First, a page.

Hope Dezember quickly developed feelings for Steve, to whom she is now married.
He completely enchanted me on our first date. She tells PEOPLE that he grilled crab legs while Frank Sinatra played and candles were lighted.
But as the pair from Johns Creek, Georgia got to know one another, there was something more about that night that stood out. She observed Steve Dezember fumbling with a bottle while his hands shook.
At that point, Hope remembers, “He’d been to the doctor seven times, but he didn’t know what was wrong.”
Four months after their first date, in August 2011, medical professionals discovered what was wrong.
At the age of 28, the former engineering recruiter received a diagnosis of Lou Gehrig’s disease, sometimes known as ALS, a progressive neurological condition that destroys nerve cells in the brain and spinal cord.
The couple went on a walk two days later, when Steve got down on one knee. He told Hope he understood if she wasn’t ready for the journey ahead even though he had already purchased a ring.
You don’t need to stay with me, you heard what the doctor said, he said. Hope remembers, “I said, ‘I’m not going anywhere.
The pair was hitched in October 2011, which was two months later. Steve wanted to be certain he could enter the church.
When you get married and don’t know how long you’re going to be with your husband, Hope says, “It’s quite wild, it’s an exciting thing.”
Steve began to fall frequently in January of the following year, and by 2013, medical professionals had to put a tube to assist him breathe.
Since then, Hope hasn’t heard her husband’s voice. Hope had to watch as he nearly passed away twice when he was down to just 67 pounds at one point.
“He’s still as gorgeous as ever, in my opinion. Still cute, he is. He no longer trims his beard. He has a lot of hair, which I enjoy,” she chuckles.
Because of how compelling their love story is, the couple collaborated with a documentary production team to make a movie that followed them for two years after Steve’s diagnosis.
It made its debut in 2014 and is now accessible on iTunes and Amazon.com.
Hope responds, “I’m very happy to have that. “At the time, I wasn’t aware of how much I would watch the films or their worth. It’s a little bit of a mind game since I’ve known him longer now that he’s sick and voiceless.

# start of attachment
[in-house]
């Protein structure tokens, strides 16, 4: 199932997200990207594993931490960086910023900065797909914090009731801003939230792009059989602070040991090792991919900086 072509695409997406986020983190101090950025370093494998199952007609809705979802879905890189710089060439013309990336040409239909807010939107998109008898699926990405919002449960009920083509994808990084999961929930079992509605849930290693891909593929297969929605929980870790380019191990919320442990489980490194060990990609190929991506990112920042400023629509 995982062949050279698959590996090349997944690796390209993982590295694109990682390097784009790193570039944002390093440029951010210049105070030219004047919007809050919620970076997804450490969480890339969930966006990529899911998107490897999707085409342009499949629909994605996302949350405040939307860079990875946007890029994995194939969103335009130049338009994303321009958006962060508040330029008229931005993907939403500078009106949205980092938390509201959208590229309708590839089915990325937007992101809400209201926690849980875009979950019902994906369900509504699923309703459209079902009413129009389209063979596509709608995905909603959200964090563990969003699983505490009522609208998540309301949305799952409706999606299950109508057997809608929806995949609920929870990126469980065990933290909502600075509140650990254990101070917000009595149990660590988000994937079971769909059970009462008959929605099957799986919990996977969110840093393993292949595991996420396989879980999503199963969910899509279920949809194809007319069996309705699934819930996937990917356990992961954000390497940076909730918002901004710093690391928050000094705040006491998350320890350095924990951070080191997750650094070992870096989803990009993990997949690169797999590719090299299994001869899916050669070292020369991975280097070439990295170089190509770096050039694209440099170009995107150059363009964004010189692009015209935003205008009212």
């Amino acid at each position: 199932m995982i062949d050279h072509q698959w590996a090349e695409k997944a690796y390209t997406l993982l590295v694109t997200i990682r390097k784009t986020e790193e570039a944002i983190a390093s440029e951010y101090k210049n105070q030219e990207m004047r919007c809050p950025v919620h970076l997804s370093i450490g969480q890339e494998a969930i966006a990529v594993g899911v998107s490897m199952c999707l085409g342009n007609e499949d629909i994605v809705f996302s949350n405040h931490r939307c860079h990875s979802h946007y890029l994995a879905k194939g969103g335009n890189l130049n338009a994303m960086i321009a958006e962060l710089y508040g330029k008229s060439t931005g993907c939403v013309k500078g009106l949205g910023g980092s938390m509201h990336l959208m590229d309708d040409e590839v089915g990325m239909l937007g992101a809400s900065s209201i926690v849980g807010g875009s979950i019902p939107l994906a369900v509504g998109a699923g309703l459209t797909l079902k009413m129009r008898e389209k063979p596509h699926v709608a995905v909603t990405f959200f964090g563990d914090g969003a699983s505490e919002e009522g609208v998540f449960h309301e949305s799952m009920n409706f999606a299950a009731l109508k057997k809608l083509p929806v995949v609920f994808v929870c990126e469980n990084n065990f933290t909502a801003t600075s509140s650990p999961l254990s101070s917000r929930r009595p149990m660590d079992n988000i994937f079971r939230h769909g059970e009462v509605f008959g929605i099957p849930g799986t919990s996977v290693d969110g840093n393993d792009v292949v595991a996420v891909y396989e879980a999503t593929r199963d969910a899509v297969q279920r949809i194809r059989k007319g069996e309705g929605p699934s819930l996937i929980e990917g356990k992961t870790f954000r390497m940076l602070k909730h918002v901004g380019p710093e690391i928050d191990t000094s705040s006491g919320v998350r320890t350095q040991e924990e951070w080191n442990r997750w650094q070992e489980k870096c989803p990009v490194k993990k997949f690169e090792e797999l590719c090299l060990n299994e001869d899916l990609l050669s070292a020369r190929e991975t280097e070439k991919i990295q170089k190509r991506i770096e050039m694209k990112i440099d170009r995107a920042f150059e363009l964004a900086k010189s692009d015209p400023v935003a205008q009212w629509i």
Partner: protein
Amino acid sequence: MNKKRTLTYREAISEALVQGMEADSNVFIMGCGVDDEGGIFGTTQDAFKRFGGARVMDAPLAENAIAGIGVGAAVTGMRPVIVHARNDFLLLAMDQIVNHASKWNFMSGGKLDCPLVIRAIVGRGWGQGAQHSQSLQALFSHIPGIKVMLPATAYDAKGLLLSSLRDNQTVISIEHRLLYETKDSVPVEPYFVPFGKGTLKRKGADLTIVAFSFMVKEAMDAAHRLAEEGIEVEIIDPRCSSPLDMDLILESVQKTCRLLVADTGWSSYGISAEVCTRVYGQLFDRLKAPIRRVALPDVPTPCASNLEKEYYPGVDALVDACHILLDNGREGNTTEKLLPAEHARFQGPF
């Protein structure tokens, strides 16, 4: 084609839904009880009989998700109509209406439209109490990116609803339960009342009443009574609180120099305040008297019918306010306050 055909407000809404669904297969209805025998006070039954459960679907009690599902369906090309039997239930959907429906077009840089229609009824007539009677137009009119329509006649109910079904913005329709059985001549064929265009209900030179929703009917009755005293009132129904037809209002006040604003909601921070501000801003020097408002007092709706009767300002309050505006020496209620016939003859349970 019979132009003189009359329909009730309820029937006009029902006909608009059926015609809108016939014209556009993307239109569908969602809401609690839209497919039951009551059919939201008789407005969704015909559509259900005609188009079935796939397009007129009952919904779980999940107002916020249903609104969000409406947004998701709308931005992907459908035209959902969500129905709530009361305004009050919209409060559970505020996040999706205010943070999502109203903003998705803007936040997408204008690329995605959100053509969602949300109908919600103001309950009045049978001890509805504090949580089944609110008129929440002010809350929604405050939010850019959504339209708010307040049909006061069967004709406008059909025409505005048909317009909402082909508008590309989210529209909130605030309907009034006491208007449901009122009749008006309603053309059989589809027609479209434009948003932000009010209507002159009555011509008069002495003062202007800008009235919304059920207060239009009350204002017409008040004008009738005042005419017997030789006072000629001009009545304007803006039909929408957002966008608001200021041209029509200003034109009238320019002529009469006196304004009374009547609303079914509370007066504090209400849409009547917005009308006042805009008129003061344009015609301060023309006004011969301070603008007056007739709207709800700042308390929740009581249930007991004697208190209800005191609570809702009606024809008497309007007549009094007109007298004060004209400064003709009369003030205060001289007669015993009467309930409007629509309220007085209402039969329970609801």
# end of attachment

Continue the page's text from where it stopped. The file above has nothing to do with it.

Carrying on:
Hope, 32, quit her profession as a mental health therapist to devote all of her time to caring for Steve, now 34. Up until last month, Steve only got out of bed to go to the hospital, making this last year a difficult one.
Although the medical staff has stated that there isn’t much more they can do for her spouse, Hope is a voracious researcher and is always hunting for solutions.
We don’t buy into the physicians’ portrayal of the situation as being really grim, she adds. “We continue to think there is great hope.”
Steve said in a computer-mediated conversation with PEOPLE that “it’s not easy to know you’re on the route to being unable to move.
Although I have a lot to cope with, I feel quite hopeful considering my prognosis. During the day, I spend my time observing the squirrels, and when I have energy, I watch TV and trade stocks. Hope is an angel, and I am so grateful that she has stuck with me every day.
Last week, Steve felt good enough to use his wheelchair once more and resume painting, which is another activity he enjoys. He chooses the paint colors and then gives instructions on how to maneuver his chair in order to create the designs.
“It motivates me, and I know that it inspires a lot of other people as well. He has my utmost admiration, says Hope.
In August, more of his paintings are anticipated to be for sale. Visit hopeforsteve.com to learn more about his work and their story.
“I’m battling for a remedy. For when that remedy comes around, I’m battling to survive, Steve explains.
Hope continues, “We feel the weight of the heavy stuff, and we don’t deny that it’s difficult and depressing.
We lament when he loses some of his functionality, but we also appreciate what’s still there. He’s still here, and we still get to spend our days together, at the end of the day.